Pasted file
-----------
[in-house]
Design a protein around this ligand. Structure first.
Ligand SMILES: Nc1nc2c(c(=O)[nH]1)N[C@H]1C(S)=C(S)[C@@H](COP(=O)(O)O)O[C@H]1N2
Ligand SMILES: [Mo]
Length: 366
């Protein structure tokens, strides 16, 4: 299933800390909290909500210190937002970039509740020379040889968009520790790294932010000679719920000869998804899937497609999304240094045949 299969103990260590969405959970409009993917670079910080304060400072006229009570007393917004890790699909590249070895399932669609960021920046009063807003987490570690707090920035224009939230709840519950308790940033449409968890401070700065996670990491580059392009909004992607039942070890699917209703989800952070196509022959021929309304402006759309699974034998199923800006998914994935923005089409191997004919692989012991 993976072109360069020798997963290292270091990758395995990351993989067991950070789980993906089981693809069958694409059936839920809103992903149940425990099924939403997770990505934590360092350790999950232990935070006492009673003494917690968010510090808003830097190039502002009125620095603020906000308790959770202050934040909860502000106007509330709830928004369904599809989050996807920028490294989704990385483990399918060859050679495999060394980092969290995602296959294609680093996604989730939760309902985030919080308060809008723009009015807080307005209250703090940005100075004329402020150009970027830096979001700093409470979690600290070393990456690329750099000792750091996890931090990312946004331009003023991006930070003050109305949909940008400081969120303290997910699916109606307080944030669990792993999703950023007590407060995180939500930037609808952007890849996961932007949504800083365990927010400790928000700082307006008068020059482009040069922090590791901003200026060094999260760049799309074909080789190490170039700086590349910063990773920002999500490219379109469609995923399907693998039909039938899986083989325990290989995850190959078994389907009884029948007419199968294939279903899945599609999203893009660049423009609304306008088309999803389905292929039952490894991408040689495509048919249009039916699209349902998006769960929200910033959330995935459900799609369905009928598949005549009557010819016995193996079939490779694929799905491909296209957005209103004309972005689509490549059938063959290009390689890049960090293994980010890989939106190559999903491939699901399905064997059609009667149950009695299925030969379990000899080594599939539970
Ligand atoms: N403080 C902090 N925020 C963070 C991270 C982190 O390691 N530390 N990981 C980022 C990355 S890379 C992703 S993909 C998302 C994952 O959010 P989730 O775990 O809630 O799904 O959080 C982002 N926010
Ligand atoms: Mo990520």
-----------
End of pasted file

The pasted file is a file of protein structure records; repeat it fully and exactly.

[in-house]
Design a protein around this ligand. Structure first.
Ligand SMILES: Nc1nc2c(c(=O)[nH]1)N[C@H]1C(S)=C(S)[C@@H](COP(=O)(O)O)O[C@H]1N2
Ligand SMILES: [Mo]
Length: 366
């Protein structure tokens, strides 16, 4: 299933800390909290909500210190937002970039509740020379040889968009520790790294932010000679719920000869998804899937497609999304240094045949 299969103990260590969405959970409009993917670079910080304060400072006229009570007393917004890790699909590249070895399932669609960021920046009063807003987490570690707090920035224009939230709840519950308790940033449409968890401070700065996670990491580059392009909004992607039942070890699917209703989800952070196509022959021929309304402006759309699974034998199923800006998914994935923005089409191997004919692989012991 993976072109360069020798997963290292270091990758395995990351993989067991950070789980993906089981693809069958694409059936839920809103992903149940425990099924939403997770990505934590360092350790999950232990935070006492009673003494917690968010510090808003830097190039502002009125620095603020906000308790959770202050934040909860502000106007509330709830928004369904599809989050996807920028490294989704990385483990399918060859050679495999060394980092969290995602296959294609680093996604989730939760309902985030919080308060809008723009009015807080307005209250703090940005100075004329402020150009970027830096979001700093409470979690600290070393990456690329750099000792750091996890931090990312946004331009003023991006930070003050109305949909940008400081969120303290997910699916109606307080944030669990792993999703950023007590407060995180939500930037609808952007890849996961932007949504800083365990927010400790928000700082307006008068020059482009040069922090590791901003200026060094999260760049799309074909080789190490170039700086590349910063990773920002999500490219379109469609995923399907693998039909039938899986083989325990290989995850190959078994389907009884029948007419199968294939279903899945599609999203893009660049423009609304306008088309999803389905292929039952490894991408040689495509048919249009039916699209349902998006769960929200910033959330995935459900799609369905009928598949005549009557010819016995193996079939490779694929799905491909296209957005209103004309972005689509490549059938063959290009390689890049960090293994980010890989939106190559999903491939699901399905064997059609009667149950009695299925030969379990000899080594599939539970
Ligand atoms: N403080 C902090 N925020 C963070 C991270 C982190 O390691 N530390 N990981 C980022 C990355 S890379 C992703 S993909 C998302 C994952 O959010 P989730 O775990 O809630 O799904 O959080 C982002 N926010
Ligand atoms: Mo990520």